Data processing

The unique features of the three-dimensional data allow efficient data processing and noise suppression in both the temporal and spatial dimensions. The image processing algorithm is schematically illustrated in Fig. 2 that shows the time-integrated image after each step of the data processing. Starting with the raw data, we first subtract the background data cube acquired in the same conditions, but without the laser propagating through the scene. Second, every time histogram is fitted with a Gaussian. For pixels containing signal from the laser pulse, this fitting removes what we could call the ‘temporal noise’, that is, the noise in the time bins with no signal from the laser pulse. Moreover, some spatial pixels are never illuminated by the laser pulse scatterings and contain only noise and background light and are thus set to zero. We therefore use the time information contained in each pixel to improve the spatial quality of our data. Third, we deconvolve the instrument impulse response function (largely due to electronic jitter and measured by uniformly illuminating the camera with a 100-fs laser pulse) from the Gaussian fits. This results in histograms with a full-width at half-maximum of 500 ps FWHM that is consistent with an independent measurement of the laser pulse duration. Finally, we increase the spatial quality of the images by a standard linear re-interpolation, frame by frame, between each line and column of the 32 × 32 pixel array as in Fig. 2. We interpolate in a way that connects the centre of mass of each line and column, in order to achieve a final spatial 310 × 310 pixel count. Summarizing, the data processing essentially relies on a three-stage process composed of noise removal, temporal deconvolution and re-interpolation: this process does not require any a priori knowledge of the scene content itself and is therefore inherently robust. The re-interpolation process is a very basic nearest-neighbour interpolation: no information is lost in this process and, naturally, no information is gained either. More importantly, all quantitative data analysis (for example, the plasma decay times as discussed below), is always performed on the raw (not interpolated) data.

Figure 2: Data processing.
figure 2

(a) To process the acquired data, we first subtract a background acquired by the SPAD camera without the laser beam propagating across its field of view. It allows us to see the path, but the image (b) is still very noisy. (c) To get a clearer image, we fit a Gaussian to every histogram. If the Gaussian is much wider than we expect, or smaller than the pulse duration, we set the histogram to zero. (d) We then deconvolve the fitted Gaussians down to a 500-ps Gaussian (e). (f) Finally, to improve the resolution of our frames, we interpolate between the centre of mass of two adjacent lines/columns.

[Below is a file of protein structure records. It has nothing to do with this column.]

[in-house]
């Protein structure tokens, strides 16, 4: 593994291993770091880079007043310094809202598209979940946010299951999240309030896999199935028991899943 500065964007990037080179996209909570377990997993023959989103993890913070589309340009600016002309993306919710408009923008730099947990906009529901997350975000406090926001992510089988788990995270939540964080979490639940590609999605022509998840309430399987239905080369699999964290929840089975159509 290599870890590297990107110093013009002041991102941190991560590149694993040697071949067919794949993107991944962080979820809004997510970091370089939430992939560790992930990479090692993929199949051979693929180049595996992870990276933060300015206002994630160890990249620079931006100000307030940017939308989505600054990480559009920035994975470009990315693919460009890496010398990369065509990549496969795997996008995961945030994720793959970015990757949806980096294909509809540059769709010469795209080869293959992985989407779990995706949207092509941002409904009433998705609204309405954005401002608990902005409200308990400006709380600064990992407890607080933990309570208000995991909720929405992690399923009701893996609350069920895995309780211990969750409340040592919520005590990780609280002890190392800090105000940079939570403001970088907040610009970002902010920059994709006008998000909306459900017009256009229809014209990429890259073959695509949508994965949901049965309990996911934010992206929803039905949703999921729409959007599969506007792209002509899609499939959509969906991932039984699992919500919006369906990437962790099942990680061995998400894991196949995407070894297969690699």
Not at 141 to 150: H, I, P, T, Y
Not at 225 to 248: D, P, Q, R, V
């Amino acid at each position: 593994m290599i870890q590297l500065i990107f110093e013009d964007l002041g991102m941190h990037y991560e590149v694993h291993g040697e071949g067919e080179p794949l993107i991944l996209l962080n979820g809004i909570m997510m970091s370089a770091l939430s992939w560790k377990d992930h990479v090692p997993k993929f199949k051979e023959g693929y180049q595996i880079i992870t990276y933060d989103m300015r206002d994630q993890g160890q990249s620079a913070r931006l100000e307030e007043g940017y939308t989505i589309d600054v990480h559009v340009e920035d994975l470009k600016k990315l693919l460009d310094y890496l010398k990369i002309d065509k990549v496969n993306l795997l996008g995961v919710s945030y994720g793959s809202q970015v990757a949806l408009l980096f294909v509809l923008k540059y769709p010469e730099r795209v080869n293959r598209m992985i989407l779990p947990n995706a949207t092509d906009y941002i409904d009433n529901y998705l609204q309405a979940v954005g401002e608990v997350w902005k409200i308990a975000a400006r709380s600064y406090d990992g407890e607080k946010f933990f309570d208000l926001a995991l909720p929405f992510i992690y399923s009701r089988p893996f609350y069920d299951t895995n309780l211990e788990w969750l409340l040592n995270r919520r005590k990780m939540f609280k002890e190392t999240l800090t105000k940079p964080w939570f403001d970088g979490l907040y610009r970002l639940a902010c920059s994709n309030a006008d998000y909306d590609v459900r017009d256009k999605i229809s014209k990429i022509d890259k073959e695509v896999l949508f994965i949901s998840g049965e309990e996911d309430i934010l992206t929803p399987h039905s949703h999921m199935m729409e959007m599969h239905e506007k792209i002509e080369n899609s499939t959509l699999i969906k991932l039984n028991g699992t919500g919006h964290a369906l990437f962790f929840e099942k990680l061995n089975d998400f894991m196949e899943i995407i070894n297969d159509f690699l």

Light propagation in air

The final result is shown in Fig. 3 where we show the evolution of the light pulse propagating through air. The figure shows selected time frames acquired by the camera, each separated by 0.7 ns and overlaid on a photograph (taken with a commercial DSLR camera) of the setup. The field of view of the SPAD camera is represented by dashed lines on each frame. In the first frame, the laser pulse has just entered the field of view. We then see the pulse propagate and reflecting off the two mirrors in the subsequent frames, before finally leaving the field of view. A video of the full evolution of the laser pulse propagation is provided as Supplementary Video 1. The scene that we observed, that is, the pulse reflecting between the three mirrors, happens within a few nanoseconds, only a fraction of the 69 ns time range of the camera. During that time, the 500 ps pulse, which is 15-cm long, travels 67 ps or 2 cm between each frame of the movie. The figure (and video) clearly demonstrates that we are able to capture the full dynamic of light propagation in air.

Figure 3: Frames of the light-in-flight movie.
figure 3

In these frames, we see a pulse of light propagating between three mirrors. The laser first hits the mirror on the right and is directed towards the field of view of the SPAD camera, as indicated by the green arrow on the integrated image. The FOV is represented by dashed rectangles and corresponds to a 35 × 35 cm2 region. In the first and second frames, we show the laser pulse entering the FOV. In the second, third and fourth frames, we see the light being reflected by the mirrors, before exiting the FOV in the last frame.

In these measurements, the average count rate from the detector is found to be of the order of 0.0005 detected events per laser pulse, per pixel. Even allowing for the relatively low fill-factor and single-photon detection efficiency, this implies a photon flux of the order of 0.2 photons per pulse, per full pixel area. The combination of single-photon sensitivity and picosecond temporal resolution make it very difficult for detector technologies such as intensified CCD19 to achieve the results shown.

Plasma dynamics